What You Need to Know About Spasticity

What is spasticity?
Spasticity is a motor disorder characterized by tight or stiff muscles that may interfere with voluntary muscle movements. Spasticity usually involves the muscles of the legs and arms.

What are the characteristics of spasticity?
In addition to increased muscle tone, spasticity is characterized by increased muscle stretch reflexes, muscle spasms, involuntary contraction and relaxation of muscles, exaggerated tendon jerks or reflexes and increased resistance to movement of certain muscle groups. Spasticity may vary based on initial muscle tone, length of responding muscle groups, the person's position, posture and state of relaxation.

What is the difference between a muscle spasm and spasticity?
A muscle spasm is a localized muscle contraction that occurs when the brain signals the muscle to contract. Spasticity occurs when nerves in the spine cause the muscles to contract. With spasticity, the brain signals no longer communicate with the motor nerves to stop muscles from contracting.

What causes spasticity?
Spasticity is the result of an imbalance in the central nervous system, often caused by damage to the spinal cord or brain. This imbalance causes hyperactive muscle stretch reflexes that result in involuntary contractions and increased muscle tone.

Who is affected by spasticity?
Spasticity may affect people with neurological disorders, or brain or spinal cord injuries or diseases. Neurological disorders include multiple sclerosis, cerebral palsy, anoxia (an abnormal condition characterized by a lack of oxygen) or people who have had a stroke.

How is spasticity diagnosed?
Spasticity is diagnosed by first evaluating the person's medical history including what medications he or she has taken and whether there is a history of neurological or muscular disorders in the family. To confirm the diagnosis, several tests can be performed that evaluate the person's arm and leg movements, muscular activity, passive and active range of motion and ability to perform self-care activities.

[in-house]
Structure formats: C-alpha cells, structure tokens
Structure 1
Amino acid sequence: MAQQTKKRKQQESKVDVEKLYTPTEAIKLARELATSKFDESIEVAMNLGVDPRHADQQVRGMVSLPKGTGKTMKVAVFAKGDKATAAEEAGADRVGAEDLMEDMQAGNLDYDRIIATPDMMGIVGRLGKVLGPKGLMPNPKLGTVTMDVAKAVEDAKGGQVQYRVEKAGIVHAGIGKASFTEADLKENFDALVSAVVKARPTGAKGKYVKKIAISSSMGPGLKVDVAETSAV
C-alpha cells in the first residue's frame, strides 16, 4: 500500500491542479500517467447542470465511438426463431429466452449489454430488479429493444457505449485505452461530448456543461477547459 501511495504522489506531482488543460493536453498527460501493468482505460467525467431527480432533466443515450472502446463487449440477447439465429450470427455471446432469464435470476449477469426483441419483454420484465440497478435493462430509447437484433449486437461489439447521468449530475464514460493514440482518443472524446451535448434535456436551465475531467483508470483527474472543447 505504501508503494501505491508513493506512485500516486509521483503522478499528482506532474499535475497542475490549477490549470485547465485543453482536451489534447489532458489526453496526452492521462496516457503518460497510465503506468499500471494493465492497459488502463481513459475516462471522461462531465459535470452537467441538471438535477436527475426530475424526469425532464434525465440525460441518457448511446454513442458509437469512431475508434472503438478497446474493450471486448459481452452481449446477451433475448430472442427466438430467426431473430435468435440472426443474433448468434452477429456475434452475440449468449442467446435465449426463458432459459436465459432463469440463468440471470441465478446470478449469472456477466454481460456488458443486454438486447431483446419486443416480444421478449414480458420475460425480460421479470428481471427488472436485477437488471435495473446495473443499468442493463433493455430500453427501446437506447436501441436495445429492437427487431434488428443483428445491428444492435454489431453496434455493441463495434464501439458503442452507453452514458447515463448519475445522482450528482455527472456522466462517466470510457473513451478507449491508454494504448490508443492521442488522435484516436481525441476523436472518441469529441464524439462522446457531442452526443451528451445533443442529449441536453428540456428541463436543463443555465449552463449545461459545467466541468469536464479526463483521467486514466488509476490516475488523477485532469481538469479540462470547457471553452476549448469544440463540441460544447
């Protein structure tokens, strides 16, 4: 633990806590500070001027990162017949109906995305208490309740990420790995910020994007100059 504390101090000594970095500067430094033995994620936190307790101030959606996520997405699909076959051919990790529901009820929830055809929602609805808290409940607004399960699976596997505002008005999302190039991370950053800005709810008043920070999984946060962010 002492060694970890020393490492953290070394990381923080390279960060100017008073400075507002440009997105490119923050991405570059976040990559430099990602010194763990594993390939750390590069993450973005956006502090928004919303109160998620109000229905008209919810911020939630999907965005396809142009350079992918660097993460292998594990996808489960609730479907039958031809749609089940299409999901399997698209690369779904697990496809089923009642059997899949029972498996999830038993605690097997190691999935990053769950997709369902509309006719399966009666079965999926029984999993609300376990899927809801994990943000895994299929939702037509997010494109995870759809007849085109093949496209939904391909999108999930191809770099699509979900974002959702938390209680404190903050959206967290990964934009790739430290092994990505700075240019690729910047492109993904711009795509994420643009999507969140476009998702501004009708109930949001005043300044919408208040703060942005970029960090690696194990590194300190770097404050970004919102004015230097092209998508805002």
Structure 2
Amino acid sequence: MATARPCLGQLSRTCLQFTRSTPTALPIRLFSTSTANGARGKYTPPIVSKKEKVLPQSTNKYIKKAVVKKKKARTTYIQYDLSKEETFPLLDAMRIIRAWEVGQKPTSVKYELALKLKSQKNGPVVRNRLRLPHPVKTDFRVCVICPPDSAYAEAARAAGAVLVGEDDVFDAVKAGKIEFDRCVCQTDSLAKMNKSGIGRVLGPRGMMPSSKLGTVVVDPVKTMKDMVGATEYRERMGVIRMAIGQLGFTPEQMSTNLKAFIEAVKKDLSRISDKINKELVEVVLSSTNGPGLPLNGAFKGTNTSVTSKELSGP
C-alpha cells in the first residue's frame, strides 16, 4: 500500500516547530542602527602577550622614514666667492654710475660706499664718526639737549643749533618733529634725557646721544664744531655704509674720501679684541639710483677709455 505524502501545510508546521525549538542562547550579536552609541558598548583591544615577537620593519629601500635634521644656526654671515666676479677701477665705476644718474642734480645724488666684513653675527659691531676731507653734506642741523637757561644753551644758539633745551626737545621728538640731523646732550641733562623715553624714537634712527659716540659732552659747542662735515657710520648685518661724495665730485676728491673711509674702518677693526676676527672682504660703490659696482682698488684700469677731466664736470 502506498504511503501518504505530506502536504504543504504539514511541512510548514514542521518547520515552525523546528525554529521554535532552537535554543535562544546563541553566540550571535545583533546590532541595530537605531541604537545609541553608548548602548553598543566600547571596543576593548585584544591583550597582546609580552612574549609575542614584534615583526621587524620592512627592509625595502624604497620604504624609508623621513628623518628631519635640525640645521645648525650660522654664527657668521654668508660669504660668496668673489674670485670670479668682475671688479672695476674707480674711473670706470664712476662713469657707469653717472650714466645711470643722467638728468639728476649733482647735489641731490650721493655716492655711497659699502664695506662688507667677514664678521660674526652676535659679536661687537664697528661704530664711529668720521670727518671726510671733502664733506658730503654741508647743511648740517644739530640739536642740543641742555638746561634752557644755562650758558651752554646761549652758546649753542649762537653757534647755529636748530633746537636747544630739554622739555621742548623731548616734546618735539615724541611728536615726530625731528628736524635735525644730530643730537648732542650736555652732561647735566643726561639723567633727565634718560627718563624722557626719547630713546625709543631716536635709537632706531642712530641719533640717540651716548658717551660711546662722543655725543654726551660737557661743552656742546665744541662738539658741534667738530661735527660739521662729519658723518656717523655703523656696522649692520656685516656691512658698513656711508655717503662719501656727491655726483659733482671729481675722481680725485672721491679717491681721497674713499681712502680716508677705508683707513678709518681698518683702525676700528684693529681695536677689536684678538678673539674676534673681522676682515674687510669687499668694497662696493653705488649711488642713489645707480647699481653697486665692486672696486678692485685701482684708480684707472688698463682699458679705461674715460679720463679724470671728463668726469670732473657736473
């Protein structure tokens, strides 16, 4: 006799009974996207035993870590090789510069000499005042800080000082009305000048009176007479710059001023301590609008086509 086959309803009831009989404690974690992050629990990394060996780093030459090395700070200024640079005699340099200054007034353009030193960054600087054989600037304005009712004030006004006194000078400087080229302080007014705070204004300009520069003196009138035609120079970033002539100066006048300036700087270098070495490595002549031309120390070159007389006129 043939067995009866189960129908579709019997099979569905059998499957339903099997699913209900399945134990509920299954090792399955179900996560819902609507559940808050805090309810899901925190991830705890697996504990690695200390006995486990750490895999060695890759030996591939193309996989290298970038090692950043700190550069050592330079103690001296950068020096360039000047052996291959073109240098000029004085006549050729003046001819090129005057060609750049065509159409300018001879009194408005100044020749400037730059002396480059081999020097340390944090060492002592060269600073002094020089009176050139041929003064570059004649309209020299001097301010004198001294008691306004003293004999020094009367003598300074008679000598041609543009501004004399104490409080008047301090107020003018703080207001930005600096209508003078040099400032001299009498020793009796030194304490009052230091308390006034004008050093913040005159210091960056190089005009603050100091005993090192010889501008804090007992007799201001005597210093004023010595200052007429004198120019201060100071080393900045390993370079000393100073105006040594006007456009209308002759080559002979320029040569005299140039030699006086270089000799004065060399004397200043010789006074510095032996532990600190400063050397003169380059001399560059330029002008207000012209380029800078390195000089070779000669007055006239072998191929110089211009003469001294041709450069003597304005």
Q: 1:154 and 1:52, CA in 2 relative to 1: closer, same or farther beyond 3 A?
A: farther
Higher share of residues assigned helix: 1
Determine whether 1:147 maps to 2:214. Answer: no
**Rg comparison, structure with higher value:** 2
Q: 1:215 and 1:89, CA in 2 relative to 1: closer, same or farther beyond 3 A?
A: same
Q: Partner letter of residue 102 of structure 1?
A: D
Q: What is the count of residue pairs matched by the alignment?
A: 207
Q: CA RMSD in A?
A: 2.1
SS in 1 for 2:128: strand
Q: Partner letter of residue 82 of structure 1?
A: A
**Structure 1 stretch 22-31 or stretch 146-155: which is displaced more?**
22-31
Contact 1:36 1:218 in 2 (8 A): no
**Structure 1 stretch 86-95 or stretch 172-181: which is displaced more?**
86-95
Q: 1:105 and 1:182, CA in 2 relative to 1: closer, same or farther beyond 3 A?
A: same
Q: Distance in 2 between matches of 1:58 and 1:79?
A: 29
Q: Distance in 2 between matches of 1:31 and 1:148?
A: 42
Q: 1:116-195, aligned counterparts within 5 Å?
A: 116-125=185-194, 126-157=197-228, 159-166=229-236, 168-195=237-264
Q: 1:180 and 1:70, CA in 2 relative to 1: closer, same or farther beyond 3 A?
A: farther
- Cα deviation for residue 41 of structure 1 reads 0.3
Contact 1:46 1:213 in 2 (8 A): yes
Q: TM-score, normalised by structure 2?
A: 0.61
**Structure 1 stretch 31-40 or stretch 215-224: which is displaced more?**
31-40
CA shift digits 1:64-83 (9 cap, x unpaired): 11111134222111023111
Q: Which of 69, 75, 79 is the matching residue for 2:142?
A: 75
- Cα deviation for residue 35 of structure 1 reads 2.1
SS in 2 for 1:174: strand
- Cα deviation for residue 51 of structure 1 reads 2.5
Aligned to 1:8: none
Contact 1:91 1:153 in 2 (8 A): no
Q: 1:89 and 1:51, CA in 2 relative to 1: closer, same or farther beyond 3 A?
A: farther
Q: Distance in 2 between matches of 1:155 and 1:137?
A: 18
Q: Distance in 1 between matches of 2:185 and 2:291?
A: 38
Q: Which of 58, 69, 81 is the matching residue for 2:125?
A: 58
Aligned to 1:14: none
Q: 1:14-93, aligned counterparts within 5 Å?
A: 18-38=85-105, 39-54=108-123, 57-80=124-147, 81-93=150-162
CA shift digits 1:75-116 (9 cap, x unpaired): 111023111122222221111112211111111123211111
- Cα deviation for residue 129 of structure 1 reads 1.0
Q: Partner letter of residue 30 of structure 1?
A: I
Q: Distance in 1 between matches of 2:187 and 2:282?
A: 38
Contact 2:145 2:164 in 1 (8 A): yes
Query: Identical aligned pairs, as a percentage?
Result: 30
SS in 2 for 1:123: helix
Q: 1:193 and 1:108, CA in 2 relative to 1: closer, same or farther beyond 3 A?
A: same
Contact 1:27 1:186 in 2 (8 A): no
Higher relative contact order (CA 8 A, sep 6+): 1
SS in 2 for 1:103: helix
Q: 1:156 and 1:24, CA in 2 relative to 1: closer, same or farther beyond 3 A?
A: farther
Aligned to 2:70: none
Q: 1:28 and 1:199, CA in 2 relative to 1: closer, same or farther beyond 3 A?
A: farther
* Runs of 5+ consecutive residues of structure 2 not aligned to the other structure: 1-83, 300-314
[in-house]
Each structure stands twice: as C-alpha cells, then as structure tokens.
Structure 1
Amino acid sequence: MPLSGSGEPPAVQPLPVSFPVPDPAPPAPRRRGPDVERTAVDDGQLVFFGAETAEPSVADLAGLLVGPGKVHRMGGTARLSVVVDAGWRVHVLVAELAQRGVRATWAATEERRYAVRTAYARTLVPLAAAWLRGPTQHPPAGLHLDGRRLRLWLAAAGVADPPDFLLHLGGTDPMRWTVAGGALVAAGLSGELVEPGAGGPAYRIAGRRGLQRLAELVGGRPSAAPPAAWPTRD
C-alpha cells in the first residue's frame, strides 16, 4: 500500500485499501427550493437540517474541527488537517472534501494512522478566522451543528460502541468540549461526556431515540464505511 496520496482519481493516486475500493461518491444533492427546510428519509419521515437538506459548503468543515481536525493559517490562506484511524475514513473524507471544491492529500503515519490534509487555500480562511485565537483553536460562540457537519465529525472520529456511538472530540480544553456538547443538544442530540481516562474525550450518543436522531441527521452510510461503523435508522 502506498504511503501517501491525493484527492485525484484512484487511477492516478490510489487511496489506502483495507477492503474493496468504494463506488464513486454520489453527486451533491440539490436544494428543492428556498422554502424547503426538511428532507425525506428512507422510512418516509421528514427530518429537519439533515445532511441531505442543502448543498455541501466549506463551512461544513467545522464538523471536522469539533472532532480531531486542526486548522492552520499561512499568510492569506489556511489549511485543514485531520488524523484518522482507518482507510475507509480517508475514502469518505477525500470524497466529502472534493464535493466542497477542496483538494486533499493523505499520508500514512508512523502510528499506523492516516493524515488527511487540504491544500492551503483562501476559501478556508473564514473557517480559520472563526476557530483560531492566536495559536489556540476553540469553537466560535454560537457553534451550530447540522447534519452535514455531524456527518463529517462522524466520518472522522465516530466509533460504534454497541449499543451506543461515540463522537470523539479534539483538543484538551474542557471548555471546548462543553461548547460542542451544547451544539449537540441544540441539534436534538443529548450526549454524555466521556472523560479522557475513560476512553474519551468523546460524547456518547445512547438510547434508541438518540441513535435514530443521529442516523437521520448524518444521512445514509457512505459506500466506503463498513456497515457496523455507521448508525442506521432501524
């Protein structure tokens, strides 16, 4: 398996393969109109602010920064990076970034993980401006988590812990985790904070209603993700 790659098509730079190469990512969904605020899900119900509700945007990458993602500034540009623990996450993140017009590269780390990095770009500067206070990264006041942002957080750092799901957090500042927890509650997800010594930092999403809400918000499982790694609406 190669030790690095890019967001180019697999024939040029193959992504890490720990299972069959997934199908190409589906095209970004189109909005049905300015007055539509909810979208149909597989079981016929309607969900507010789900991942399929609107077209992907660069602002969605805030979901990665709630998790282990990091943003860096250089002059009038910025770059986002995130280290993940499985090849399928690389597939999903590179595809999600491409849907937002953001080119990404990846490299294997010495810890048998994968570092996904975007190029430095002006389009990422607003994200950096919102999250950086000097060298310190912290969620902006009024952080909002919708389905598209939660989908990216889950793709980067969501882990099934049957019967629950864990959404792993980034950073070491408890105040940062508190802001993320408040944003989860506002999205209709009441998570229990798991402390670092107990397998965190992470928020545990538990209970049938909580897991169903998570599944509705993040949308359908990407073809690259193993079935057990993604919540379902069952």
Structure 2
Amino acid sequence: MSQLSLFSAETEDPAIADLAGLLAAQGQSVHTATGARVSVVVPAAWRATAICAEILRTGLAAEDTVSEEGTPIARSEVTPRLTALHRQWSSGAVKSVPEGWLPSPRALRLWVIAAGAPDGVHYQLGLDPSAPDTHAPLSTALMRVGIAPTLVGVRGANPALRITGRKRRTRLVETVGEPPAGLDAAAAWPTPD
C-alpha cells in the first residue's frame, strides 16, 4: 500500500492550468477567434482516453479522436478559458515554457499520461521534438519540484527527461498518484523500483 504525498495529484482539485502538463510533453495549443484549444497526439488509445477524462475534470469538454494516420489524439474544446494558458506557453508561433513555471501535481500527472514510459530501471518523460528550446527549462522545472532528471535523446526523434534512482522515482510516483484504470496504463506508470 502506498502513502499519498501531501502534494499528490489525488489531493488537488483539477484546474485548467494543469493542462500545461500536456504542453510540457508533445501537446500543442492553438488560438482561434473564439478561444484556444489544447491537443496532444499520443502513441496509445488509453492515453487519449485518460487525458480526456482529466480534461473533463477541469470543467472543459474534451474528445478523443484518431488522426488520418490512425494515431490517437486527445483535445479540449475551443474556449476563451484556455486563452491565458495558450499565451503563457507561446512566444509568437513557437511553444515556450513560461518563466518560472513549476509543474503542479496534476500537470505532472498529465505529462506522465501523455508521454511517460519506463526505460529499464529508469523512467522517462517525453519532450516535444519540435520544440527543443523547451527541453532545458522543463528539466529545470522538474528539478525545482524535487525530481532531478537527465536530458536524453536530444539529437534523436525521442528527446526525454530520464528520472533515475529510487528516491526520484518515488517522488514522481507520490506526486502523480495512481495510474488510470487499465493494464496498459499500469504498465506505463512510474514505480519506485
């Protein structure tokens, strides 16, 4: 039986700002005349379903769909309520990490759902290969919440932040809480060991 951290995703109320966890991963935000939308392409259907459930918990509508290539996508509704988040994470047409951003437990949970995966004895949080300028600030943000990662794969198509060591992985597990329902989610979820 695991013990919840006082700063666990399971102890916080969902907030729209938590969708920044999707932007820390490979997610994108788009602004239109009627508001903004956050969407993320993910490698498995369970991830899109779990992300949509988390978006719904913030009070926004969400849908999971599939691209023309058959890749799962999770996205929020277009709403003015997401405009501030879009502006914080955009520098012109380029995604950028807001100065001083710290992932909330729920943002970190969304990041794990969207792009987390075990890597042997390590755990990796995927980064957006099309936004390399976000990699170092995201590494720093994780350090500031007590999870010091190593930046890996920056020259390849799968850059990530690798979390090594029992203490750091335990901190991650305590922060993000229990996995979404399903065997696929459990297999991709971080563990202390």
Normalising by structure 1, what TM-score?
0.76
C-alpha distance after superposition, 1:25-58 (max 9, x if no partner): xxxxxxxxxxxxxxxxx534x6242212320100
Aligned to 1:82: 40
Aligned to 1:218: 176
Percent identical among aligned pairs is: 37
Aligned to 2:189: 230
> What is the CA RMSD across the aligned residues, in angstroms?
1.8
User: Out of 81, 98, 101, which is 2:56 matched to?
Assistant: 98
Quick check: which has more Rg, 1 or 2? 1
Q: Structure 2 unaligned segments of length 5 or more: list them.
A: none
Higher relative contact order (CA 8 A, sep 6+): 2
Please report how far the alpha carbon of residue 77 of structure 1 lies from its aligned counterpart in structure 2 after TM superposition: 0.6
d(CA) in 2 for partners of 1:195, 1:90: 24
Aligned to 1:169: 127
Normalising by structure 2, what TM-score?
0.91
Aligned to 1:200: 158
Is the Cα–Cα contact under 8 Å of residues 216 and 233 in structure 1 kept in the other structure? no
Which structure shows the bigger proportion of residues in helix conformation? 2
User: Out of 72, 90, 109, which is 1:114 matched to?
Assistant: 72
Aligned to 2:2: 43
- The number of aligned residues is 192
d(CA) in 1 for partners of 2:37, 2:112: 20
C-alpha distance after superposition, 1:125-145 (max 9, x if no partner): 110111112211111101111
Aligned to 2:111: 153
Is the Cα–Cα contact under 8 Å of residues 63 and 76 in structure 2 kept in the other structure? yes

How is spasticity treated?
Spasticity can be treated through therapy, medications, surgery or any combination of these treatments. Your health care providers will consider the severity of spasticity, your overall health and the following when prescribing an appropriate treatment plan:

The goals of treatment include:

Physical therapy
A basic stretching program is the first step in treating spasticity. Prolonged stretching can lengthen muscles to help decrease spasticity.

Occupational therapy
Splinting, casting and bracing techniques may be prescribed to maintain available range of motion and flexibility.

If physical and occupational therapy do not adequately control the spasticity, medications may be added to the treatment plan.

Medications
Common medications used to treat spasticity include baclofen and diazepam. These medications can be used to treat spasticity by causing the nerves to relax so they are not sending a message to the muscles to contract.

If medications taken by mouth (orally) are not effective, an implantable programmable pump can be used to deliver baclofen. Botulinum-toxin type A can also be injected locally into the affected muscle group.

Surgery
Rhizotomy and tendon release are some surgical procedures used to treat spasticity when other treatment methods are not successfully controlling the spasticity.

Rhizotomy is the surgical resection of part of the spinal nerve, performed to relieve pain or decrease muscle tone. An alternative surgical spasticity treatment is the implanted baclofen pump that delivers medication directly into the spinal cord.

Tendon release may be performed to help reduce the frequency or magnitude of the spasticity, depending on the age of the patient. Tendon release procedures are irreversible and may need to be repeated.

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This information is provided by the Cleveland Clinic and is not intended to replace the medical advice of your doctor or health care provider. Please consult your health care provider for advice about a specific medical condition. For additional health information, please contact the Center for Consumer Health Information at the Cleveland Clinic (216) 444-3771 or toll-free (800) 223-2273 extension 43771. If you prefer, you may visit www.clevelandclinic.org/health/ or www.clevelandclinicflorida.org. This document was last reviewed on: 3/29/2002

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